Vets4Pets logo
Text size:

Find A Practice

Use your location to find your closest practice

Request Appointment

Request an appointment at your local Vets4Pets

Cruciate Ligament Damage
Dog window sill.jpg

Cruciate Ligament Damage

Petplan insurance paid out over £11.3 million in claims for Cruciate Ligament Damage in 2015.

Need advice?

Search our expert advice articles


What is Cruciate Ligament Damage?

The cruciate ligament is a band of tough fibrous tissue that attaches the femur (thigh bone) to the tibia (shin bone), preventing the tibia from shifting forward relative to the femur. It also helps to prevent the stifle (knee) joint from over-extending or rotating.

Trauma to the equivalent ligament in humans is common, and damage most frequently occurs during some form of sporting activity such as skiing or playing football. However; cruciate ligament disease is very different in dogs as rather than the ligament suddenly breaking due to excessive trauma, it usually degenerates slowly over time due to the fibres within the ligament weakening.

The exact cause of this is unknown, but genetic factors may be important with certain breeds being more susceptible - including Labradors, Rottweilers, Boxers, West Highland White Terriers and Newfoundlands. Other factors such as obesity, hormonal imbalances and certain inflammatory conditions of the joint may also play a role. It’s common for dogs that have ruptured the ligament in one leg to develop the condition in the other leg.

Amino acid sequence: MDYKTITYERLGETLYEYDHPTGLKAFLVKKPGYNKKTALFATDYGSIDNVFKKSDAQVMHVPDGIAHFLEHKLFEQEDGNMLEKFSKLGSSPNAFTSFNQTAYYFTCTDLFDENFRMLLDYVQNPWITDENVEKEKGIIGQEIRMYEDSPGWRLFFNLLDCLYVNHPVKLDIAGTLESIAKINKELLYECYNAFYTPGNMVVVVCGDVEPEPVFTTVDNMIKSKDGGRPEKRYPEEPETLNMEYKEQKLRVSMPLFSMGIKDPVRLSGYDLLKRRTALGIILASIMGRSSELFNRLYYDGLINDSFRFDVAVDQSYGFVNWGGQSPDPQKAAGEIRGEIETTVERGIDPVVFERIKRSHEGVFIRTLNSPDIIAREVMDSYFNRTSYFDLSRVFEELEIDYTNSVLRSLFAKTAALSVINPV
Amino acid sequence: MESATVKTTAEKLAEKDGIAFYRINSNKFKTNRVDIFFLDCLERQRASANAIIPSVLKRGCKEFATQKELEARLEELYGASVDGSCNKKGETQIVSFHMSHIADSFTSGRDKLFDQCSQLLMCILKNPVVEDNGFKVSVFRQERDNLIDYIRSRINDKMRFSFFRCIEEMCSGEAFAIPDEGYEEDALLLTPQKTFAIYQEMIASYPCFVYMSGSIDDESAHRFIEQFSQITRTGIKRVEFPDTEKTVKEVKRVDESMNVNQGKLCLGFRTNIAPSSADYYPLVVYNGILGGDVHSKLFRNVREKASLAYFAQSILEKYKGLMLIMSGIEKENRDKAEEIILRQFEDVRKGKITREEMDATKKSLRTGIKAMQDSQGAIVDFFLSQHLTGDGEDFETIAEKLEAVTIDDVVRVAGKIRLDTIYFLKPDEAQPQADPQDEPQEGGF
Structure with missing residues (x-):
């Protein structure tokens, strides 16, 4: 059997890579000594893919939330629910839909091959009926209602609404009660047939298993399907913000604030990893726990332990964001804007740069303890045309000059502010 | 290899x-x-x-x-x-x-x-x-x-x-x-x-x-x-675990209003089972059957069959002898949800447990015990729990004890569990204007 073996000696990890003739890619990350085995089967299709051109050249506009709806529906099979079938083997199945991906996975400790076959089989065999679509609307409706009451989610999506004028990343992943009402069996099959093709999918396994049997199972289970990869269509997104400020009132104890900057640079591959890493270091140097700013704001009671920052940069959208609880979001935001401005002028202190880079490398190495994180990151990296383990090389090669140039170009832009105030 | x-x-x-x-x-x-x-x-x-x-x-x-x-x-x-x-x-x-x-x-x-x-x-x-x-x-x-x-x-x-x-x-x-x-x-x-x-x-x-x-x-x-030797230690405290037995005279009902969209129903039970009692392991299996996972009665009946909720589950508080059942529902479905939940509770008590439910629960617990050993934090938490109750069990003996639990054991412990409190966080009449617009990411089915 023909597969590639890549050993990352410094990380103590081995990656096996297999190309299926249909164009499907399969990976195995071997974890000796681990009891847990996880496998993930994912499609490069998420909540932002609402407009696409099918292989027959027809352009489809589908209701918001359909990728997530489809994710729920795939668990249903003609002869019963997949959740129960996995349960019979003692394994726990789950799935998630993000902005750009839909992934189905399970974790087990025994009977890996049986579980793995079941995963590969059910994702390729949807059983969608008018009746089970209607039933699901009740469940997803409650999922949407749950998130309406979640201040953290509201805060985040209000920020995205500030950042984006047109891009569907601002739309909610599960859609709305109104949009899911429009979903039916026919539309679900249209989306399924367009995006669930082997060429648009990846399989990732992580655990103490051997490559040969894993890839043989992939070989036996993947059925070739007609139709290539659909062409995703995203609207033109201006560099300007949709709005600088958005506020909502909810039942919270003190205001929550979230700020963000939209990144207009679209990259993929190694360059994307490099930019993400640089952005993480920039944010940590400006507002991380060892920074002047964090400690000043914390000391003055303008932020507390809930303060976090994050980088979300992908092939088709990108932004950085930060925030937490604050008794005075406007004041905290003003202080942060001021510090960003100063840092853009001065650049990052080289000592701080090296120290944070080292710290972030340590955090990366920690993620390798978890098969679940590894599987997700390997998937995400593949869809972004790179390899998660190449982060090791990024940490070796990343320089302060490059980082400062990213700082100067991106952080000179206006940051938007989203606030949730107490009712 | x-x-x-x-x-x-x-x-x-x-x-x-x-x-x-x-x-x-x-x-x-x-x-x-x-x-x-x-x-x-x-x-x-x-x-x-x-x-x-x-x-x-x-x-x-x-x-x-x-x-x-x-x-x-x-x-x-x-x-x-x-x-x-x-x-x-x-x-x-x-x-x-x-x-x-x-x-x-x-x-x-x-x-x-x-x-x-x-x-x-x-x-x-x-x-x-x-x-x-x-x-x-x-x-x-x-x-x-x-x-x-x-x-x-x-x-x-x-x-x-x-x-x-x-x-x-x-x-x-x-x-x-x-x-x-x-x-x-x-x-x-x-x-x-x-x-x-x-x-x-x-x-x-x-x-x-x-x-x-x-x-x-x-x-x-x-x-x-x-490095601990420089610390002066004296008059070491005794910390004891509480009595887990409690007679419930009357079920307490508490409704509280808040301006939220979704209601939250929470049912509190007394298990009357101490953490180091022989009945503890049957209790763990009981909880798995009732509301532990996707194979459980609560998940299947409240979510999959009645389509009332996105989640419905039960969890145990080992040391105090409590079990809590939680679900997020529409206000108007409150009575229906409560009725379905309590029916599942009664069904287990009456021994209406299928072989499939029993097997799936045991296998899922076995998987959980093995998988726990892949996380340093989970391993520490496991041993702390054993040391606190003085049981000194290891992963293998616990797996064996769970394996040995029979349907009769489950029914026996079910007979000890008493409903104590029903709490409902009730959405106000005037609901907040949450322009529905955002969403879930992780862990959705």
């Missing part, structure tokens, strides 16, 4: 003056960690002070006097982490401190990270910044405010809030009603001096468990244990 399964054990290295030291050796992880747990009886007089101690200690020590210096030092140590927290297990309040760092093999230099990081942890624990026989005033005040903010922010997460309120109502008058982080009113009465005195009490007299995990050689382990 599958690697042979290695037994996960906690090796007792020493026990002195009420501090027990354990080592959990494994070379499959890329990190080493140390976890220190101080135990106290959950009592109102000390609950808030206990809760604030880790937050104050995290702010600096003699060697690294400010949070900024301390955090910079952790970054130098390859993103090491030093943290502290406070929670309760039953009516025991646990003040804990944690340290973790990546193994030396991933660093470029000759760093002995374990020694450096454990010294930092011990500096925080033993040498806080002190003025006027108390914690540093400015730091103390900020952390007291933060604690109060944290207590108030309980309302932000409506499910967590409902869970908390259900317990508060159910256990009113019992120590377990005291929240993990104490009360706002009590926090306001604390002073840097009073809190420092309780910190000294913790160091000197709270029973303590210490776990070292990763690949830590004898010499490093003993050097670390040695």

What signs should I look out for?

Limping is the most common sign and may appear suddenly during or after exercise in some dogs, or it may be progressive and on occasion in others. Some dogs are simultaneously affected in both knees, and these dogs often find it difficult to rise. In severe cases, dogs cannot get up at all.

How is Cruciate Ligament Damage treated?

Surgery is commonly performed to secure the tibia to the femur and restore stability via a number of surgical techniques. Depending on the procedure used, it may take two to three weeks before your dog is able to bear weight on the injured leg, and, in all cases, exercise is usually restricted for at least six weeks to allow for adequate healing.

Tips for owners:

  • Unfortunately, there is no sure-fire way to prevent cruciate injuries in dogs and it can be common for dogs to develop the condition in the other leg. To help minimise the risk, maintain an optimal body weight for your dog, so ensure your dog doesn’t become overweight, exercise them regularly and avoid excessive high jumping.

  • Consider taking out a Petplan Covered For Life® policy in case your dog develops a common condition such as Cruciate Ligament Damage, so you can receive help covering the cost of any unexpected veterinary treatment they require.